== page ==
Let’s Go Indonesia! (1992)
In his hospital bed, recuperating from dysentery, Wolinetz predicted the success of In Search of would inspire mass pilgrimages to the region, and so, he put together this book, detailing the best places to sleep, eat, and love in South Asia. Of course, his illness caused extended periods of hallucination and dementia, and this book wound up having less to do with Indonesia than it did with the “story-within-a-story” of Warblo, the magical singing dwarf and his adventures in space. And what young child doesn’t have a Warblo action figure, lunchbox, or T-shirt? All thanks to Wolinetz’s fever dreams in a makeshift hospital in the jungles of Indonesia.

Myopic Cheese: Wolinetz’s Guide to Optometry (1989)
Again, Wolinetz explores life, the cosmos, and sandwiches, this time as a foil to the otherwise droll, textbook-y optometry diagrams and eye charts. Paperback editions of this book come with an appendix of cheese sandwich recipes, as well as the rules for various college drinking games. This all has little to do with optometry, of course, but that’s where the fun lies. This book too sparked a motion picture spin-off, as well as a Saturday morning children’s cartoon, which has run for six seasons.

Captain Fitzpatrick and the Great Horny Toad (1990)
An adventure novel for everyone, young and old. This was the third in the Captain Fitzpatrick series, and widely considered the best. Here, we join Captain Fitzpatrick as he races to save the world from the Great Horny Toad, a monster that ranks up there with Dracula and Frankenstein in the pantheon of pop-culture bad guys. Along the way, the brave Captain must battle sirens, storms, dinosaurs, mutants, aliens, robots, and his separated-at-birth evil twin, Captain Patfitzrick. Also of note, in these pages, Wolinetz coined the phrase “Information Super Highway” six full months before Al Gore claimed to.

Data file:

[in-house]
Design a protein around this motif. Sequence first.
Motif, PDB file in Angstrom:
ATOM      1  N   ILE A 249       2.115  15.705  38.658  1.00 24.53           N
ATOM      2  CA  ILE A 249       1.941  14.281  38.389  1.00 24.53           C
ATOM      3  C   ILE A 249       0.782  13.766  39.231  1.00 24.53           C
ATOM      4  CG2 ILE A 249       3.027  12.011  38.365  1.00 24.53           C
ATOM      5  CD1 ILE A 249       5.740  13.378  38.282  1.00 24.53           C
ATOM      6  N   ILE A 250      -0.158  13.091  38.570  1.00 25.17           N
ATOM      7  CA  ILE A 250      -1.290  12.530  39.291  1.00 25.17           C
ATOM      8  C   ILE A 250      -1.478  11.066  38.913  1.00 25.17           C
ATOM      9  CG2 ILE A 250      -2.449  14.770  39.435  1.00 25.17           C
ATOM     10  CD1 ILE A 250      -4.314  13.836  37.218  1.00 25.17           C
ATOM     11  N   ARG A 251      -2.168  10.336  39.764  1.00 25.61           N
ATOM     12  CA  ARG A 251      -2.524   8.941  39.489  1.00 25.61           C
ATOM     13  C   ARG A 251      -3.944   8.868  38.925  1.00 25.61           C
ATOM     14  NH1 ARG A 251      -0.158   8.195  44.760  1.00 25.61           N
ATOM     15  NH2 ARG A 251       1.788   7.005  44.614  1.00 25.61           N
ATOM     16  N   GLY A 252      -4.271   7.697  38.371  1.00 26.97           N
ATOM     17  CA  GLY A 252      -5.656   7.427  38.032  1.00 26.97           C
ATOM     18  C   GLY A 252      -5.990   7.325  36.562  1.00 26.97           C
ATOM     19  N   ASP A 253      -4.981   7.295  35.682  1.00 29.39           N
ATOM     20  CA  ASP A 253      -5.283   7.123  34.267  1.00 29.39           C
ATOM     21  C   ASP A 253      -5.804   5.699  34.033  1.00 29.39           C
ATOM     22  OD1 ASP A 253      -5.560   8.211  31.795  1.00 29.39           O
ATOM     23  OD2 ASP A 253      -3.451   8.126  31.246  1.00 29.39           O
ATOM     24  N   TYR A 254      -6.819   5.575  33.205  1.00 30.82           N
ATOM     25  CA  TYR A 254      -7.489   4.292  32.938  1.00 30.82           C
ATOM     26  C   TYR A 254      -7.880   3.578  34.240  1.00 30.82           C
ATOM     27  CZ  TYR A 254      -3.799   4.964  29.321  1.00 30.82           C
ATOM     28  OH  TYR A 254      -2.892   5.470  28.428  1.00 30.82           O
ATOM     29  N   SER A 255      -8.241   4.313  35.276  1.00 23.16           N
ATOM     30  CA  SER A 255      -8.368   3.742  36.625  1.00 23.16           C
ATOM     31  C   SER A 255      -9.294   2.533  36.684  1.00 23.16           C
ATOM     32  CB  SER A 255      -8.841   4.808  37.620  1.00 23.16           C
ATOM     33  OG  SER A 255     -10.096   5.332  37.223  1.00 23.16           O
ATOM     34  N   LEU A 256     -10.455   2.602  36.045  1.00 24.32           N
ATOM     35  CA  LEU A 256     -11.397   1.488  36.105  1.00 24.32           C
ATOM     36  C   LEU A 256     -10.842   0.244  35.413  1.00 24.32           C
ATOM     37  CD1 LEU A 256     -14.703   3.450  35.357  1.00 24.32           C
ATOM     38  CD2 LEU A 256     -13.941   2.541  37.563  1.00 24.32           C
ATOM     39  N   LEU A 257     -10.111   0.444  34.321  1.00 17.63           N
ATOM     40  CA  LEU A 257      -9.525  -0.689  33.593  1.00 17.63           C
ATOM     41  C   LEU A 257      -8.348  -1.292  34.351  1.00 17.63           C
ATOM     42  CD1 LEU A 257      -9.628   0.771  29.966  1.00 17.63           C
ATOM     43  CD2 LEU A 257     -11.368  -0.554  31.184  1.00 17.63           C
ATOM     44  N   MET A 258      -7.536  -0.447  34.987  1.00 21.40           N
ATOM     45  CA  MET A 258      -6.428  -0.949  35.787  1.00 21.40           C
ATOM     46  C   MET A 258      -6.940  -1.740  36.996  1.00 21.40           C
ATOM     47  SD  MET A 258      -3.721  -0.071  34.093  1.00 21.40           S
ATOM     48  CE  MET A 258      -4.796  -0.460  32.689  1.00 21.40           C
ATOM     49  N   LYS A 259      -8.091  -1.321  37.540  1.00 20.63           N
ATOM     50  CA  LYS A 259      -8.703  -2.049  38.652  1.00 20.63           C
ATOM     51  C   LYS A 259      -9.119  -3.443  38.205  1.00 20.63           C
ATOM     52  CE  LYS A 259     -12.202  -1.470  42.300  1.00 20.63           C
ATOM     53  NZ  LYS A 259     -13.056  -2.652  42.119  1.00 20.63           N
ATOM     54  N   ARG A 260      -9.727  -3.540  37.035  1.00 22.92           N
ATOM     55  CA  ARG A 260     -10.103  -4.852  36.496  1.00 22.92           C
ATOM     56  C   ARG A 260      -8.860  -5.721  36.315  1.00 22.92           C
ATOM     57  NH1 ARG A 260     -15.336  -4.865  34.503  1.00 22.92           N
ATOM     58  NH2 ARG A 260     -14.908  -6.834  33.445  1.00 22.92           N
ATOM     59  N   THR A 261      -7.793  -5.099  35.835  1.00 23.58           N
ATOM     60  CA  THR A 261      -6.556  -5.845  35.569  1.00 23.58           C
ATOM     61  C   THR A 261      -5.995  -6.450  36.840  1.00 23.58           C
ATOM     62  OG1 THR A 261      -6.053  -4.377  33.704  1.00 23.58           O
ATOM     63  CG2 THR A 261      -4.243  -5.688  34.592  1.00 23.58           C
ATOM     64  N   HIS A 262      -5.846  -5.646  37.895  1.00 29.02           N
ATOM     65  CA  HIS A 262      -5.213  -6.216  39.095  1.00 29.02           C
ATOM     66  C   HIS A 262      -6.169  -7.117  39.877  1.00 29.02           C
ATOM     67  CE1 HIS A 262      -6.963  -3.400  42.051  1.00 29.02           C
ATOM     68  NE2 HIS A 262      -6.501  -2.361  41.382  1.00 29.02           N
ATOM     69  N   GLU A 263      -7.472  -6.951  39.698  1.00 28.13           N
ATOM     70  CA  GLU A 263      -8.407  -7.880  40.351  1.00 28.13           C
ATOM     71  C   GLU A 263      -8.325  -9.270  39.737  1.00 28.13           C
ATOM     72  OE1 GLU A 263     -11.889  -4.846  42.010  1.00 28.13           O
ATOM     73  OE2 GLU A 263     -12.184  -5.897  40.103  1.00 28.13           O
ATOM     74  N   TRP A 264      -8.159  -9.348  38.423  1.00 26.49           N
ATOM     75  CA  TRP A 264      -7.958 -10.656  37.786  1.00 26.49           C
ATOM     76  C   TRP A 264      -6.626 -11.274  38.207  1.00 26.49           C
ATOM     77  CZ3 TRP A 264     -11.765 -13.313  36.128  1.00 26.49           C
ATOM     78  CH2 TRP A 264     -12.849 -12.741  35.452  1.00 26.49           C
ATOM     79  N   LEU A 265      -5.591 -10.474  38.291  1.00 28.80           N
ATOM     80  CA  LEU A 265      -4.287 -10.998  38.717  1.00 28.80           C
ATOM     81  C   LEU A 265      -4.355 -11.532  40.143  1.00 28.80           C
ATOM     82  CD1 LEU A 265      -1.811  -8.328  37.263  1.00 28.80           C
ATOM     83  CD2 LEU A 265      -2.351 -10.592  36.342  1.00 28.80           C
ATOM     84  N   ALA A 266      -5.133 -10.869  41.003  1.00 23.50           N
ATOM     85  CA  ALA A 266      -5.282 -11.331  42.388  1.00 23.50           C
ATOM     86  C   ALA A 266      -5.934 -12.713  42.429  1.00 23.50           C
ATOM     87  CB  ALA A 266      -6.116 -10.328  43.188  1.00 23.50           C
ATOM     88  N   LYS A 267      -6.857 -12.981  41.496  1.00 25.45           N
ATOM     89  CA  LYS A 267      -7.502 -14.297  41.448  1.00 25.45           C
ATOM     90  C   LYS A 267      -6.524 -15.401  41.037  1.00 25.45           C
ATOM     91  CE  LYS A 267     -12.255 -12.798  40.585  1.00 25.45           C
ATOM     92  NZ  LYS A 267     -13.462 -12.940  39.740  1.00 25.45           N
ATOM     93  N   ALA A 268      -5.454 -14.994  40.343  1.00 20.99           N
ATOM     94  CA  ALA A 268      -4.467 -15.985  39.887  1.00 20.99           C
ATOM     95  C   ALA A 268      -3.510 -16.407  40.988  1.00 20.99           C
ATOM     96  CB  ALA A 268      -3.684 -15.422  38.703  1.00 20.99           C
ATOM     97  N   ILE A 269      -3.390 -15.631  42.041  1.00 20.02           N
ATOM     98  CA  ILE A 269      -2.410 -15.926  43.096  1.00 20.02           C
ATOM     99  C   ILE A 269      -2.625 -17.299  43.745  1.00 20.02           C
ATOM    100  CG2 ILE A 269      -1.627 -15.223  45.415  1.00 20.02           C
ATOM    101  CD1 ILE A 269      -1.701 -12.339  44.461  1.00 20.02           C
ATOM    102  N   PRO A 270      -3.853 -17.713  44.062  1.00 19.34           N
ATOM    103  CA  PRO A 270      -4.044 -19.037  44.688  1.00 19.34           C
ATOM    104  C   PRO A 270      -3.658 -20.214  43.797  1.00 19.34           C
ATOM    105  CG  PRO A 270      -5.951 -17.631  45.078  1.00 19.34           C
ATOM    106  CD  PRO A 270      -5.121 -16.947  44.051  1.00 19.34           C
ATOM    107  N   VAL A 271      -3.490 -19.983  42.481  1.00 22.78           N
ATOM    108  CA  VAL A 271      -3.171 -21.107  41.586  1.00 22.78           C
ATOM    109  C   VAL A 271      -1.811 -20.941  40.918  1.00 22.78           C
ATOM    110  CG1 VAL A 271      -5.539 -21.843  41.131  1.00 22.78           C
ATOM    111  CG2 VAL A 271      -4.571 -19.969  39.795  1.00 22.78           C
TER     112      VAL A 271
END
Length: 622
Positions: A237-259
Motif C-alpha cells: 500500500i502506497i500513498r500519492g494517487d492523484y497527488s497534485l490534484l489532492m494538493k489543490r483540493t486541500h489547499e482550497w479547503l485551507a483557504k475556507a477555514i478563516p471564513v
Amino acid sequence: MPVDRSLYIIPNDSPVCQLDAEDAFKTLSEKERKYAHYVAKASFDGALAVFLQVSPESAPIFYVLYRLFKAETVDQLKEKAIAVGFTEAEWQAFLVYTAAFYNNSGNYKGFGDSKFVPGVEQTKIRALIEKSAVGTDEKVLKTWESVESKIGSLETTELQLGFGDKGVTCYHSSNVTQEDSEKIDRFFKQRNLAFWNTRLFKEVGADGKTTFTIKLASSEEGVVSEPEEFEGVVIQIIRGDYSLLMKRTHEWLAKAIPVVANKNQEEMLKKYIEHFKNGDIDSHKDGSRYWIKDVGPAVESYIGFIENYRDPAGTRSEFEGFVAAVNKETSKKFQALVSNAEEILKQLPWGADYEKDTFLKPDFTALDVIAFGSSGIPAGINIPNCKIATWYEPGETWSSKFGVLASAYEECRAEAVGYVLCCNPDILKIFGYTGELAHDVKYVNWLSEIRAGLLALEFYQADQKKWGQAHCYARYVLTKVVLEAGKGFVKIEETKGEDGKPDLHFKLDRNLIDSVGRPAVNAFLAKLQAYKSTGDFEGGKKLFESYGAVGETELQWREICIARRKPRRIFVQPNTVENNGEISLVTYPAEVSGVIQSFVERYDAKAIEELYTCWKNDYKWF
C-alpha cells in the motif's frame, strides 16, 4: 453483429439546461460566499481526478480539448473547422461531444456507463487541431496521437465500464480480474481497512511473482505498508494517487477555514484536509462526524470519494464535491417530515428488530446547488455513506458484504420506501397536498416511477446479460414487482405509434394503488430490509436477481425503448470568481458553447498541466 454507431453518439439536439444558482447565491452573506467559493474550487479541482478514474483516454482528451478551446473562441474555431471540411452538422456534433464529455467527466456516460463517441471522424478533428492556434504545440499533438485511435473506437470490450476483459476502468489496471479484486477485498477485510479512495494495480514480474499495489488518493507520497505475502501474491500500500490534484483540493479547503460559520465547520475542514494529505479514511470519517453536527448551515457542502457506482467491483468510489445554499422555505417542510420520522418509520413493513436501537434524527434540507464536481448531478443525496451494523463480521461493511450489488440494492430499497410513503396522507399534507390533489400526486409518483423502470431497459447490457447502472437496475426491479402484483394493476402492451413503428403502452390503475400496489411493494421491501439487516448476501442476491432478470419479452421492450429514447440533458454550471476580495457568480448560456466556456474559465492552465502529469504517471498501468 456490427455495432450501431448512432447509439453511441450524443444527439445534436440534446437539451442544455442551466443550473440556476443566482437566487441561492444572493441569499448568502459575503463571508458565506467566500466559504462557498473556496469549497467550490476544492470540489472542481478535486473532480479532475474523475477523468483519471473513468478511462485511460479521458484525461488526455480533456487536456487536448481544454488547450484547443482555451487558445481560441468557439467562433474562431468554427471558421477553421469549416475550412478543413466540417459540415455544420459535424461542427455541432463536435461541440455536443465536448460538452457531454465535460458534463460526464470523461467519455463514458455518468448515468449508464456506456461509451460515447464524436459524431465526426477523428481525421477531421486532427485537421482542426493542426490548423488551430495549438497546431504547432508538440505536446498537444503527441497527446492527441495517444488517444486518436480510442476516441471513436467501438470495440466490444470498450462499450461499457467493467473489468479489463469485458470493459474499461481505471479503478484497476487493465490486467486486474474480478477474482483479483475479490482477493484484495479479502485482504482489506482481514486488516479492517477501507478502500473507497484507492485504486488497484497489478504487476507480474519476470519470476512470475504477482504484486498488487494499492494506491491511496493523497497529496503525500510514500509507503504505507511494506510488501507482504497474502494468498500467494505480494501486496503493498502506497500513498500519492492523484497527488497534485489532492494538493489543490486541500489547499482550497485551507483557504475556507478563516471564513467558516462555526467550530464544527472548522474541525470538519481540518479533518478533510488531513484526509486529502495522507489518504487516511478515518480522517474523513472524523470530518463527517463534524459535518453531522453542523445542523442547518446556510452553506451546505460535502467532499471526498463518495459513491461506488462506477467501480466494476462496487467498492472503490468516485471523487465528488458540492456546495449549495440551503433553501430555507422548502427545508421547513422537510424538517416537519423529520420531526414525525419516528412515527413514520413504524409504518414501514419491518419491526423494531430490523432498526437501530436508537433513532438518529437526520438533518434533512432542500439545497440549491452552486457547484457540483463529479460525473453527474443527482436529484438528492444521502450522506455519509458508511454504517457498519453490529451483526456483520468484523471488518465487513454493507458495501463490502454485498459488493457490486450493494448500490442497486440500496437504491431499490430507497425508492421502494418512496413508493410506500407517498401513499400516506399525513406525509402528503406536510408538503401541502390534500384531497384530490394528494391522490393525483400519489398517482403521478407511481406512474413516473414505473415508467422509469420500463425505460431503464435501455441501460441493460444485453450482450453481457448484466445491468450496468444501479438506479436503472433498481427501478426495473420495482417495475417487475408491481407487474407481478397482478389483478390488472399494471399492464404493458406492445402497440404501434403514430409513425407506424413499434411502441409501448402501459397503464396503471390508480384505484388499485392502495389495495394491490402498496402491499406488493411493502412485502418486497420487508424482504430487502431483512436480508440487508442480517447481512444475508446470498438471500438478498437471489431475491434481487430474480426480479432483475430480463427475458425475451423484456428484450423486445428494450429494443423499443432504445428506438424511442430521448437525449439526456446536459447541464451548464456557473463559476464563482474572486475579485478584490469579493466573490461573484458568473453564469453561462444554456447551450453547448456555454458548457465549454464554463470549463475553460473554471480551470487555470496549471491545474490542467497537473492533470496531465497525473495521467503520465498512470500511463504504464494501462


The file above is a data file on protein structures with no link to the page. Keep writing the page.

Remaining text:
The Mighty Thor: “Here Comes the Hammer!”, Issue 431, September 1982
Wolinetz contributed just one issue of this comic book series, (writing and illustrating) in which the legendary Norse God of Thunder teams up with John Wayne to battle Hitler, Jesse James, Genghis Kahn, and Napoleon when a rift in the time-space continuum lands all of them in a Radio Shack warehouse in Illinois. This wacky yarn earned Wolinetz an Inky award, given for the best inking work in the industry.

Slick Willie and the Portly Pepperpot in Technicolor! (1999)
This parable, set in 1970’s Times Square, and starring a pimp, a prostitute, a corrupt cop, a transvestite and a magical singing dwarf, might be the most on-target satire of the Clinton-Lewinsky scandal ever written. This won the author his fifth Pulitzer.

Cheese of Kentucky (1993)
Wolinetz returns to his cheese motif in this story about a poor, mentally disturbed woman who grows up on a farm, accidentally invents gravity-defying bubble gum, finds true love, and winds up in the Senate. This work was adapted (albeit with some major story changes) into the hit feature film Snow Dogs, starring Oscar-winner Cuba Gooding, Jr.

Pickle This! (1974)
Here, Wolinetz chronicles his days in a shoddy, off-off-Broadway playhouse, where he started off as a backstage gopher fetching coffee and bagels for would-be starlets, and wound up singing and dancing in his one-man show, Mr. Pucker’s Pickle Problems.

Camels Have Two Humps (1971)
Wolinetz’s first novel is a semi-autobiographical account of his boyhood summers spent as a waterboy in an Arabian shiek’s harem of one hundred women. The line between fact and fiction is blurry, as Bolinetz, his alter-ego, causes mischief and mayhem, impregnating each and every one of the sheik’s wives. In real life, Wolinetz caught syphilis, and was expelled from the Arabian Peninsula.

Mustache of the Gods(2001)
This mighty tome (1200 pages!) gives men’s facial hair more analysis than could ever be asked for. Wolinetz provides extensive and thoughtful insight to the mustaches of hundreds of famous lips in history, from Fu Manchu to Hitler to Tom Selleck. His chapter on David Arquette is particularly cromulent.

The Eternal Winter of The Yipaho, or 49 Words for Snow, But Only One Encompassing All Flavors of Cream Cheese (1977)